The second test round would be the very popular 9mm Parabellum. It's essentially a .38-caliber-sized bullet, but flying along at a higher velocity and with more muzzle energy — about 338 ft.-lbs. in this case. The round I used was a 115-grain, full-metal-jacket bullet fired from a 4-inch-barrel Glock 19 pistol. I fired three rounds to the upper right quadrant of the bag to see whether multiple hits to the same spot would penetrate the bag. FTI says a stiff plastic insert made of Kydex thermoplastic was used to keep the bag from rolling over when shot. If you're afraid an edge will bend in, it doesn't, thanks to the stiff insert and fairly stiff Kevlar too.
The results from the higher-energy rounds? Like the .38 Special, pretty meh, just slightly more movement.
Next, I moved up to the mighty .44 Magnum. Yes, the most powerful movie handgun in the world. It's so powerful that it'll blow your laptop clean off your desk. Do you feel lucky, punk?
For the .44 Magnum, I used a 240-grain, hollow-point bullet fired out of a Smith & Wesson Model 29 with an 8\-inch barrel — yes, Dirty Harry's revolver of choice. The bullet I used makes about 900 ft.-lbs. of energy at the muzzle, or almost three times the energy of the 9mm round.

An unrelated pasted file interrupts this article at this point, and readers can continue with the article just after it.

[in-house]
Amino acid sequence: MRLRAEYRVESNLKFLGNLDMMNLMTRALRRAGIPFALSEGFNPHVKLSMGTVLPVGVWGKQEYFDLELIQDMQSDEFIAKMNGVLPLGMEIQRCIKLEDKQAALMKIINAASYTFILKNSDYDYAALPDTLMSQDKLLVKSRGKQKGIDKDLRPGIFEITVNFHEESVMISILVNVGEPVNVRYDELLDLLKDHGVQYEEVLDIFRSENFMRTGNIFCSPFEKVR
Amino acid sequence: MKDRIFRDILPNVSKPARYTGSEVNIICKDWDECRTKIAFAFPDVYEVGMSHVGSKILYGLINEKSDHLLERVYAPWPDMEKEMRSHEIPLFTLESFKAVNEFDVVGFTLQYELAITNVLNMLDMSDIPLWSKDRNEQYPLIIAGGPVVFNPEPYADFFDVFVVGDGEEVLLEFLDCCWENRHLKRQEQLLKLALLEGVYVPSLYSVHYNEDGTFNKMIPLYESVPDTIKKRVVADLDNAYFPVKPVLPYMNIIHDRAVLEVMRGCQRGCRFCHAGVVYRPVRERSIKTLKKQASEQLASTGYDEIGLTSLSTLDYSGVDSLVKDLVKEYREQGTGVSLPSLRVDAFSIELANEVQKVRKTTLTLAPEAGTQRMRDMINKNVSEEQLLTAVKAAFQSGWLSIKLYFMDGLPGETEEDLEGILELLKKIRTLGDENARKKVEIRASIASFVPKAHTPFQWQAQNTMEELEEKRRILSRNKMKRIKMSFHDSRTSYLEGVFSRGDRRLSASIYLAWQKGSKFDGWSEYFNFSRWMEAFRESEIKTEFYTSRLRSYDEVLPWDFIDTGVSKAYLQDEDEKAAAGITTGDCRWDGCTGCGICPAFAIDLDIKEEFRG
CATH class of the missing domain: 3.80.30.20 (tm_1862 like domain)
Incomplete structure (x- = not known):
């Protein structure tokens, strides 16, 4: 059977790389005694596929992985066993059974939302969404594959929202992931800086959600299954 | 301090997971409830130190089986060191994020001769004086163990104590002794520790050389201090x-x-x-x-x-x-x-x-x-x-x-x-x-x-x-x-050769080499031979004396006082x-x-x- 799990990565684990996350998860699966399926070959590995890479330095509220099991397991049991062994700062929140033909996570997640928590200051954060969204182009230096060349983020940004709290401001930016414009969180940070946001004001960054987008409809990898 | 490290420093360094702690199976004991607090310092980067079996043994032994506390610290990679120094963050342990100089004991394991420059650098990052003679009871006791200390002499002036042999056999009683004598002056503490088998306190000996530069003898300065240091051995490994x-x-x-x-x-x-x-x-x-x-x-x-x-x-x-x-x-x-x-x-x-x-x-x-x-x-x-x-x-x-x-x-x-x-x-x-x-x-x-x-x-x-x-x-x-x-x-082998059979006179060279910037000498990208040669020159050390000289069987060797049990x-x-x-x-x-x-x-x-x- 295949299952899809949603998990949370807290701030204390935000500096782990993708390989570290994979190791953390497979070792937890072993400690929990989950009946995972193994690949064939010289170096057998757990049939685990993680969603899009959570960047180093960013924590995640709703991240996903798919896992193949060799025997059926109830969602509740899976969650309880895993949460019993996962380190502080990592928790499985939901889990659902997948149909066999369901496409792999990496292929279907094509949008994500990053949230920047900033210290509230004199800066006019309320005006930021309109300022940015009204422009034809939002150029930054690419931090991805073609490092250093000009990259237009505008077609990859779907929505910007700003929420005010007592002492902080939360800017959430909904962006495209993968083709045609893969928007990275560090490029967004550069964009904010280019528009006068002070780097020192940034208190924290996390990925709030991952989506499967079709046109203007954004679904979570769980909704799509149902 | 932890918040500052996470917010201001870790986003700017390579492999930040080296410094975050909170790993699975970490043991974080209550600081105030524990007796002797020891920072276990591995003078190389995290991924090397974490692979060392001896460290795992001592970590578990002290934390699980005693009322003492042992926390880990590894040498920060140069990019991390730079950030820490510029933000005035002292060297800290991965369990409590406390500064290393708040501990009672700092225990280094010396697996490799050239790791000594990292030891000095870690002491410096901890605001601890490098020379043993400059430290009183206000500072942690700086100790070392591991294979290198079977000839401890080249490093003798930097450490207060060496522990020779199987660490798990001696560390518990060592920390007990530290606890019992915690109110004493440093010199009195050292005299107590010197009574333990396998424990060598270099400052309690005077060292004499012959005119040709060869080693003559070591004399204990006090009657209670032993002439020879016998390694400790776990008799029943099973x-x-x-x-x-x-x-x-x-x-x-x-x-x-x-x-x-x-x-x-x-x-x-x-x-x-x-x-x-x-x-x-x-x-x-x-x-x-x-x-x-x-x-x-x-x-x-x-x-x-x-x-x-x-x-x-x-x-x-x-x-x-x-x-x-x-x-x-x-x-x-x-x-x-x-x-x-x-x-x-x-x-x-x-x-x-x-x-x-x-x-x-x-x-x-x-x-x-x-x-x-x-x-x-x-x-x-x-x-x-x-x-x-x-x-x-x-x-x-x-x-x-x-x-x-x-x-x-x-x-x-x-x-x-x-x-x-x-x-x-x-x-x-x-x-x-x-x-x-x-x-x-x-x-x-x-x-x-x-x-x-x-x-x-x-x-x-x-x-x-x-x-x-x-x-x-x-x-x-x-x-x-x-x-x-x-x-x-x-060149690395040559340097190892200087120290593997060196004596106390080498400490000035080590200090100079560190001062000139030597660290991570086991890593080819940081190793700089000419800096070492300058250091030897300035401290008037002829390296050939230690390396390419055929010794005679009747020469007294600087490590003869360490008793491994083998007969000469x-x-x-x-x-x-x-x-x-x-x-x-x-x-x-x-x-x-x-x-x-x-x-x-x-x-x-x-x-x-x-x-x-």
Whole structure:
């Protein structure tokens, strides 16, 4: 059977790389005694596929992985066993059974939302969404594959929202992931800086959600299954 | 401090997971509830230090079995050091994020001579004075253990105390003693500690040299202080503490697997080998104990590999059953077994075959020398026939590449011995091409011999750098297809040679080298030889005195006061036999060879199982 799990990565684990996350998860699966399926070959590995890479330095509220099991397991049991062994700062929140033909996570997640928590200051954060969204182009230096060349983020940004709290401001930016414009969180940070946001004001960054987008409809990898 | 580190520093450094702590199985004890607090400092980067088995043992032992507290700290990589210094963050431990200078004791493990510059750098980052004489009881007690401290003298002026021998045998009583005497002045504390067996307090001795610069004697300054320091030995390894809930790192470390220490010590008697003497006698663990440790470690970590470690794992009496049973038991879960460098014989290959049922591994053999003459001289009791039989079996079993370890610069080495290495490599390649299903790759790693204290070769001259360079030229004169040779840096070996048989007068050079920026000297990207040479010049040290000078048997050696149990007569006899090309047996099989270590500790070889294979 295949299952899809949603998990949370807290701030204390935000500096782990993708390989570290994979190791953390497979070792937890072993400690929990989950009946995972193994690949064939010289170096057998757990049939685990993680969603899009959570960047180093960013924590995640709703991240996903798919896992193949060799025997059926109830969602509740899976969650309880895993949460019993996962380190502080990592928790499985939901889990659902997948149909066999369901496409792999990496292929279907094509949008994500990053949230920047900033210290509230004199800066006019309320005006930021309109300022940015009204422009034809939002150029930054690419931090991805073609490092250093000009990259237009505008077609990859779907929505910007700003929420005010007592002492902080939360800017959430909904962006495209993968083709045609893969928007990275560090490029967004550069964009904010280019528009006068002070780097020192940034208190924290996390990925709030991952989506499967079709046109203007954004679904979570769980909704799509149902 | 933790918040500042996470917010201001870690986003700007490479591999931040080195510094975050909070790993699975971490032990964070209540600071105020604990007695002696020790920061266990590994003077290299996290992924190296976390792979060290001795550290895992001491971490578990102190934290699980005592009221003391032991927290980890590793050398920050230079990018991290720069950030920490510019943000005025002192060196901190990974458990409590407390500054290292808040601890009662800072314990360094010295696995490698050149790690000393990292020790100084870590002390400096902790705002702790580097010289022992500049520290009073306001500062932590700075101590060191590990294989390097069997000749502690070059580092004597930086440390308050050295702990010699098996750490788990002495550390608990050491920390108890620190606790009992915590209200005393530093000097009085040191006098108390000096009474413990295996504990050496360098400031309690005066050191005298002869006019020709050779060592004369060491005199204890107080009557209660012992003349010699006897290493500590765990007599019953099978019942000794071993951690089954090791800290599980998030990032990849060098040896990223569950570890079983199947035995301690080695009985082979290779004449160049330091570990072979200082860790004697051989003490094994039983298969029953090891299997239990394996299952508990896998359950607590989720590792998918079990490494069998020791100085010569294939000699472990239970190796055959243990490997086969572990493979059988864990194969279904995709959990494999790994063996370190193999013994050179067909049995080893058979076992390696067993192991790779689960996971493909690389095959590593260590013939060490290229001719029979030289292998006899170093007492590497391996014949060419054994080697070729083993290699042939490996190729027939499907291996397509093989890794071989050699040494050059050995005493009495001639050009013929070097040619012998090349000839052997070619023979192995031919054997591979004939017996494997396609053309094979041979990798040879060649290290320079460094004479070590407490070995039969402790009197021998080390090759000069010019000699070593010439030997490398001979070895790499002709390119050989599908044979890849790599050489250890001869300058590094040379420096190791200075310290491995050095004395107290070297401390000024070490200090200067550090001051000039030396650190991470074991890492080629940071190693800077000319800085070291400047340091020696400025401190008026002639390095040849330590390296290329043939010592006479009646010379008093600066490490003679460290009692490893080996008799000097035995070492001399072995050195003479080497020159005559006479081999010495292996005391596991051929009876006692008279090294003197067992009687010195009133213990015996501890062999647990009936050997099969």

I worried the wooden coat rack might be damaged from the impact of the bullet, but firing the mighty .44 Magnum dead center into the middle of the bag and practically on top of the wooden support produced as little observable movement as the 9mm round.
What? Where's the Hammer-of-Thor impact I expected? The movies lied to me.
My final test round would use a 12-gauge shotgun. Like the .44 Magnum, there's a lot of misconceptions about the shotgun. Shotguns fire multiple pellets, typically in different sizes. Most people think that when you squeeze the trigger, the pellets spread out immediately into a giant cloud and move forward. They actually will stay in a small cluster. How large that cloud gets is called the spread, and it depends on a lot of different factors. Because I wanted to put as much energy into one tiny spot as possible, I used Federal LE13300 buckshot in our Remington 870 shotgun. The shell was designed for police use and features a special design that holds the eight pellets together in the air longer. This minimizes the risk that pellets will spread out and strike innocent bystanders. At the eight yards' distance of the MTS, all eight .33-caliber pellets would strike in roughly a one-inch zone with more energy than even the .44 Magnum.
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